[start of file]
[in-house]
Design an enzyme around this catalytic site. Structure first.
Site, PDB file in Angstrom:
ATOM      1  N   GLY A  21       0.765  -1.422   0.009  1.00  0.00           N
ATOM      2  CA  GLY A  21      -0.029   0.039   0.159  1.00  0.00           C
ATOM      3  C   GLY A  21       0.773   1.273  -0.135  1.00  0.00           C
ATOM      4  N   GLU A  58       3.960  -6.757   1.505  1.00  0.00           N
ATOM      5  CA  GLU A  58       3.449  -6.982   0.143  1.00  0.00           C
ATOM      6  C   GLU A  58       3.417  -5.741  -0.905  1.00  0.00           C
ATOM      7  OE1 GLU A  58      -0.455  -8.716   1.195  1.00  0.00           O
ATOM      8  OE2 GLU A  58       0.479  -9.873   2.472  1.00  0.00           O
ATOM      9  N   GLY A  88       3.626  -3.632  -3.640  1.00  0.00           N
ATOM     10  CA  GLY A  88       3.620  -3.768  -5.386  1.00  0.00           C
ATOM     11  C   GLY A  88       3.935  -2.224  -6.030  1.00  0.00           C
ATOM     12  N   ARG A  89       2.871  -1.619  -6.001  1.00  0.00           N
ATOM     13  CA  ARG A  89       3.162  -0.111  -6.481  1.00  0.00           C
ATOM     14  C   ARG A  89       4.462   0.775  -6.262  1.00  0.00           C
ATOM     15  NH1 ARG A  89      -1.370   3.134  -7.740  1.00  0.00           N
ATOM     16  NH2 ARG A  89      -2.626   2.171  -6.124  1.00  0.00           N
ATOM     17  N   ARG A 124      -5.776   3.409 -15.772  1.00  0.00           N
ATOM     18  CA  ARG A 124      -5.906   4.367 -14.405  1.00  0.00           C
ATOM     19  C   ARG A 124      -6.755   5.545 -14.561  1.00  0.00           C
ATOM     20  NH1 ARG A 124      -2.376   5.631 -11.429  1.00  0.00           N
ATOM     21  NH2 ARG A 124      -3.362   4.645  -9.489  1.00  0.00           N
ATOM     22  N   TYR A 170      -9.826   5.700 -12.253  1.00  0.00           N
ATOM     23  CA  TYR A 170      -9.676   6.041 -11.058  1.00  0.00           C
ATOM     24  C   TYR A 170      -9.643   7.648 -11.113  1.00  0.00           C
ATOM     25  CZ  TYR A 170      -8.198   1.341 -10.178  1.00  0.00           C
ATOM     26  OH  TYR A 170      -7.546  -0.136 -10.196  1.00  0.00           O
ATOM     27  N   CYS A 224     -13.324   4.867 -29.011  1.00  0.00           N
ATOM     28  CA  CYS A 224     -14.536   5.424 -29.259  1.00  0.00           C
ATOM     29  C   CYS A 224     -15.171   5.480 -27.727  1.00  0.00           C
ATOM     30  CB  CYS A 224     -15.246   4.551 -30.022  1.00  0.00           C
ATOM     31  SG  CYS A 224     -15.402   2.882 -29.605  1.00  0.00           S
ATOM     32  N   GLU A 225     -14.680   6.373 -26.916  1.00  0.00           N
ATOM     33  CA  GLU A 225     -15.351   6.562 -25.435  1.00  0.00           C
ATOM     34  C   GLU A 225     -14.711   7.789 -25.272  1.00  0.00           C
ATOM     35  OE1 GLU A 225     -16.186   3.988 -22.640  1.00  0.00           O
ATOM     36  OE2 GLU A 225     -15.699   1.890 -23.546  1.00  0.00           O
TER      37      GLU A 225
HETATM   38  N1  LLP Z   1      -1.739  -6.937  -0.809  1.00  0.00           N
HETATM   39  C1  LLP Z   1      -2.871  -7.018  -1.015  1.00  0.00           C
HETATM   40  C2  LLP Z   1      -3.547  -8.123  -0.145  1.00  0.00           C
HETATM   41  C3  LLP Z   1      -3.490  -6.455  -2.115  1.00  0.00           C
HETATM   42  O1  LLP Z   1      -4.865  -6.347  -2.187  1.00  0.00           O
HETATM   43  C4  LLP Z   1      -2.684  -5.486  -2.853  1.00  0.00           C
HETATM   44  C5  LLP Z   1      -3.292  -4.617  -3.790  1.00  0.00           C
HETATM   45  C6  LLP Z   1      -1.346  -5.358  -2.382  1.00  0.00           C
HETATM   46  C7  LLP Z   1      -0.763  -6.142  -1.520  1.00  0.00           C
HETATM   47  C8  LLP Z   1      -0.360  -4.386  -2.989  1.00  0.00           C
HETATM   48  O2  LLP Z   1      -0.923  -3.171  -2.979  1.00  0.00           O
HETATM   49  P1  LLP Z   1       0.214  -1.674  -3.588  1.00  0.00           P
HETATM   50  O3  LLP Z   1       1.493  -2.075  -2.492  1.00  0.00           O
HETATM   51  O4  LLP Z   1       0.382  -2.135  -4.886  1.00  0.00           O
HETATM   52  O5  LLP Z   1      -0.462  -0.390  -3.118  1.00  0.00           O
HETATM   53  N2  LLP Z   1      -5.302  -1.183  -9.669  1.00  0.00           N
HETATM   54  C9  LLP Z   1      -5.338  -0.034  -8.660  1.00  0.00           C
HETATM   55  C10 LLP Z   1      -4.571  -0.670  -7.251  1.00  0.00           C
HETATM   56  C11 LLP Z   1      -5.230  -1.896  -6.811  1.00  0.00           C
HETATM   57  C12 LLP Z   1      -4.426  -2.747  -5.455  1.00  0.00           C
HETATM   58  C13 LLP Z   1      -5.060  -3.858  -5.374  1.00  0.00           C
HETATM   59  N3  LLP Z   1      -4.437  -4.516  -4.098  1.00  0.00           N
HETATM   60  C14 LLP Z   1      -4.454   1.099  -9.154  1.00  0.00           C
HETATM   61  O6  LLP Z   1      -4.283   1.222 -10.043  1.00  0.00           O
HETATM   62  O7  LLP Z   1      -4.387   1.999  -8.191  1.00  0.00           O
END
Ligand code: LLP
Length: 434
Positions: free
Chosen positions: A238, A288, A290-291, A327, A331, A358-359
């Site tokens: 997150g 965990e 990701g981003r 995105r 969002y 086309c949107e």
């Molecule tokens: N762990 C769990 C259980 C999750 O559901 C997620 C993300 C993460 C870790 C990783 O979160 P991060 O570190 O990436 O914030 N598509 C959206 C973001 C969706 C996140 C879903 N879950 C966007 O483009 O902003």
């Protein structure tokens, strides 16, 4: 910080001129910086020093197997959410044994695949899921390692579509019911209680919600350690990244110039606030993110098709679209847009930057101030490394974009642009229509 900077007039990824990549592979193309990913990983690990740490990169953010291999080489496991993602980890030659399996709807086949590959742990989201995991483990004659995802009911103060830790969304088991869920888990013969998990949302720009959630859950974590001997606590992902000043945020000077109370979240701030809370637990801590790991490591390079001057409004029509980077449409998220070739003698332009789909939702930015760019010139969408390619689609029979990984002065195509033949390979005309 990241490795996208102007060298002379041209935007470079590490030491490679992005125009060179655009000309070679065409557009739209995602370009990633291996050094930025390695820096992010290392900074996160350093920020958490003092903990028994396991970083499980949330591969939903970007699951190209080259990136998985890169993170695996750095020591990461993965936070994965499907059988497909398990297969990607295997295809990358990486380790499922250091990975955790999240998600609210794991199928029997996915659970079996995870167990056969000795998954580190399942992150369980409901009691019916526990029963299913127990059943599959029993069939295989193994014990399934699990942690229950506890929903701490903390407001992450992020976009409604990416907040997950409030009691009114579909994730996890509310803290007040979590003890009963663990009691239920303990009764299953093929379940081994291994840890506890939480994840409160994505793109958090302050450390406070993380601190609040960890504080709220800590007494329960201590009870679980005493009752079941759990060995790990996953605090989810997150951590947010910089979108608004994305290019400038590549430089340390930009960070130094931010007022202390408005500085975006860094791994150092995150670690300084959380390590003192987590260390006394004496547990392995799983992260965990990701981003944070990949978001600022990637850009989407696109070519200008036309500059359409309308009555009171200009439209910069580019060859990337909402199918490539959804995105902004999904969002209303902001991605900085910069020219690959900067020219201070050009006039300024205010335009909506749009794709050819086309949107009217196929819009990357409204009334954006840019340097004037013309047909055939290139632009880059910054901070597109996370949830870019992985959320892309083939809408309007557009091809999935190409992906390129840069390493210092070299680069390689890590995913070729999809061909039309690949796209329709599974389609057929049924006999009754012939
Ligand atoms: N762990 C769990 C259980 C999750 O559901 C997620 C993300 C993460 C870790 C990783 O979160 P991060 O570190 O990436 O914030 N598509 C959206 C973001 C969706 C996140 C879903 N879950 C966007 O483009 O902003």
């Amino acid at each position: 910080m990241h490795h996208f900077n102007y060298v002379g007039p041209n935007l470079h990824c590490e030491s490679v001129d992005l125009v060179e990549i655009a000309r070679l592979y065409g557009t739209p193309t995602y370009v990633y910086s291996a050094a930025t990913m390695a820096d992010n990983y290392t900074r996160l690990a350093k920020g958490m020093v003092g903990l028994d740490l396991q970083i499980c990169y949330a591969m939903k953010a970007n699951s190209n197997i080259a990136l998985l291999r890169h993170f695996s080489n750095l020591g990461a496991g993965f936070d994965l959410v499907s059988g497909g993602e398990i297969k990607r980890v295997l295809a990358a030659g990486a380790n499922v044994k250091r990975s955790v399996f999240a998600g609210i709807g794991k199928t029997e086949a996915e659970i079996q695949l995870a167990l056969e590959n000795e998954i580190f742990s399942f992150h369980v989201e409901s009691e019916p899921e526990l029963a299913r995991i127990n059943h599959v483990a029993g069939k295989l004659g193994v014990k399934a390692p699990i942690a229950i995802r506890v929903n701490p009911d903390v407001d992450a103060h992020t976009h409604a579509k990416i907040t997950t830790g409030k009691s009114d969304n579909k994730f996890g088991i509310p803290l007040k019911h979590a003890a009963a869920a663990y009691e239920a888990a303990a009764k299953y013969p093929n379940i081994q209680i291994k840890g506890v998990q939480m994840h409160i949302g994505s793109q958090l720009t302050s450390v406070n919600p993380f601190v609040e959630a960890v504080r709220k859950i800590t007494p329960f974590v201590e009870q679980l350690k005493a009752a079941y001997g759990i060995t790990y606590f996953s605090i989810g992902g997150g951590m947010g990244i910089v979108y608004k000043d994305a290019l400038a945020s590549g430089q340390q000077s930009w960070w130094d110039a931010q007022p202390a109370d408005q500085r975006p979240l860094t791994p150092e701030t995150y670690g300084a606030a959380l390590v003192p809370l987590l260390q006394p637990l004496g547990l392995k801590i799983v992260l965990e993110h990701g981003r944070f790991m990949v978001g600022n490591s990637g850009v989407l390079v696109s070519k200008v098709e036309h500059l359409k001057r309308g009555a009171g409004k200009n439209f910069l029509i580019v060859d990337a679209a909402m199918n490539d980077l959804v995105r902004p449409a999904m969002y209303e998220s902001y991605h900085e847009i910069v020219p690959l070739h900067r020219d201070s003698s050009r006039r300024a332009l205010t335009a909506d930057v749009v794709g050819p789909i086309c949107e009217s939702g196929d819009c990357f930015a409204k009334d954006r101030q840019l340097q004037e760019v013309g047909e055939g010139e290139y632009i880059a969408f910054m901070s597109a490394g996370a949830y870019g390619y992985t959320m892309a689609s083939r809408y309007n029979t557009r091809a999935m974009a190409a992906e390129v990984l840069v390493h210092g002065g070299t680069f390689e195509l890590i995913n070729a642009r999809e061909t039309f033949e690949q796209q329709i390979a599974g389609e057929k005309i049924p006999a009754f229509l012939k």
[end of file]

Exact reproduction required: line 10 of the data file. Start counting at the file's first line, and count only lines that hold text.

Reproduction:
ATOM      7  OE1 GLU A  58      -0.455  -8.716   1.195  1.00  0.00           O